In 1953, for instance, master storyteller Ray Bradbury wrote a funny-but-sad tale called "The Murderer." Its protagonist, Albert Brock, lives in a world infested with piped-in music and cheerful, blabby homes. Addled by the din of constant communication, Brock slips a cog and fires a couple of slugs into his chatty home's front door (right in the keyhole). Then he stuffs his telephone down the garbage disposal and shoots the talking stove. Brock is judged insane (he crunches the psychiatrist's wrist communicator between his teeth) because only a madman could be unhappy in a house that looked after his every need.

But if you're not put off by the idea of living in a dutiful house, you can smarten up your old manse by installing some relatively inexpensive modular controls for lighting, security and heating. Here's how a typical simple system (costing about $100) works:

First you plug a controller -- a multi-button panel no bigger than a hard-cover book -- into a wall receptacle. Then you replace wall switches and outlets with special modules. Press a button on the controller and it zaps a coded signal through your house wiring to the appropriate module, turning circuits -- selected lamps, appliances and overhead lights -- on and off by remote.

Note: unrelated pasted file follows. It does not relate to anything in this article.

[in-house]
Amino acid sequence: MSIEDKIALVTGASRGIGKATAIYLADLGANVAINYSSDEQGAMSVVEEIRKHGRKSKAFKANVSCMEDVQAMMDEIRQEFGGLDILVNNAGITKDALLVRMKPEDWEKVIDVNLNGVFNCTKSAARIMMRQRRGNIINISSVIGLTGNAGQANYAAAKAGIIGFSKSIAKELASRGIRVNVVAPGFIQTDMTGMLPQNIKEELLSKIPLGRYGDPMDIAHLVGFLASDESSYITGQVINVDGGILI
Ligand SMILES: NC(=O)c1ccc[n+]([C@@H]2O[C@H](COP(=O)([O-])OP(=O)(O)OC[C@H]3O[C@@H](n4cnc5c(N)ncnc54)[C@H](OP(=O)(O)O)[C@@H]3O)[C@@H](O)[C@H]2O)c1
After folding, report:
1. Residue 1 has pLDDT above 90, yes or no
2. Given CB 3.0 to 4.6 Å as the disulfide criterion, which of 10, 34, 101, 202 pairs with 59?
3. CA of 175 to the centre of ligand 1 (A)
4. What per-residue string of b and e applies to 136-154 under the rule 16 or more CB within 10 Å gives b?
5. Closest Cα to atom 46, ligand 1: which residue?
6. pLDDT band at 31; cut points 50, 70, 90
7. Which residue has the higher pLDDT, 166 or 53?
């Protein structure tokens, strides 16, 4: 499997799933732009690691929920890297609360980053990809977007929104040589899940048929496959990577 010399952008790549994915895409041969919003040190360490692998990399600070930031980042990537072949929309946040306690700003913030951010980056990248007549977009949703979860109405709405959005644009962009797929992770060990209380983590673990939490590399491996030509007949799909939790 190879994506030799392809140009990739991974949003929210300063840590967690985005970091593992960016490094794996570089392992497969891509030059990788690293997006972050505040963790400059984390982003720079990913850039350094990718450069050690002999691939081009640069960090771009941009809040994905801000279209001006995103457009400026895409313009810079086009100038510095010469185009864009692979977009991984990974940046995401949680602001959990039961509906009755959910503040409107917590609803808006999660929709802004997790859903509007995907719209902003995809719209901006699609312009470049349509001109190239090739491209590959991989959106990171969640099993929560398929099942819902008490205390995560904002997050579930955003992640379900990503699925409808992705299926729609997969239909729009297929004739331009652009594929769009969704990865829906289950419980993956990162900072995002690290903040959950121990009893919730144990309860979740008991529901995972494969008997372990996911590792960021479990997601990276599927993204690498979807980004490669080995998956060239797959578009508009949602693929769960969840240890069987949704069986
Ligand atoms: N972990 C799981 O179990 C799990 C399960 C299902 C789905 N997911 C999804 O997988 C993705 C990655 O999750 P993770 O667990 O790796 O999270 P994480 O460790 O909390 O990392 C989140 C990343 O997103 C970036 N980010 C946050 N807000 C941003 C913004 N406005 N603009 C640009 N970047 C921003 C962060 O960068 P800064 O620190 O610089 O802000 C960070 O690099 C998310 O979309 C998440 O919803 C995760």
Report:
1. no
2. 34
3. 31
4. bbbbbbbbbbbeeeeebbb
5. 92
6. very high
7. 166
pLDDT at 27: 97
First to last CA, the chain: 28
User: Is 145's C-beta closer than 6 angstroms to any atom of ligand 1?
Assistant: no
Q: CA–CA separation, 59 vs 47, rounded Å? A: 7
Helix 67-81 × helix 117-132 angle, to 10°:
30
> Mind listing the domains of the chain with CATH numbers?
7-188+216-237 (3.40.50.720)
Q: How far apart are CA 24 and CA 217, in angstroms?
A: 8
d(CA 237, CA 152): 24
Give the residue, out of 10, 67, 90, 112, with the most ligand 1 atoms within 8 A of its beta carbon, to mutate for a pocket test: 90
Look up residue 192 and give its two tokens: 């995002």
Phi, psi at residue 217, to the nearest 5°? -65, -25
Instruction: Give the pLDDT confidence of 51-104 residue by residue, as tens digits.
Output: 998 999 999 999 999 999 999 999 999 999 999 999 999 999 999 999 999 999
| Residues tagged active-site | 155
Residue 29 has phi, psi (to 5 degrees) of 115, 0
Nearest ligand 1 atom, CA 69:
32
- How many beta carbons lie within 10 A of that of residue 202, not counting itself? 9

Each button on the control panel affects a module or group of modules (with as many modules as you wish in each group), so you could -- from your bedroom, for example -- control all your lighting, TVs and bagel toaster without lifting your head from the pillow. Isn't science grand? This basic system can be refined by adding a telephone responder (activate modules by calling home, using the phone buttons as controller); a security interface (lights flash and sirens wail when sensors detect trespassers); and a computer interface (create a program that automatically triggers modules according to your schedule).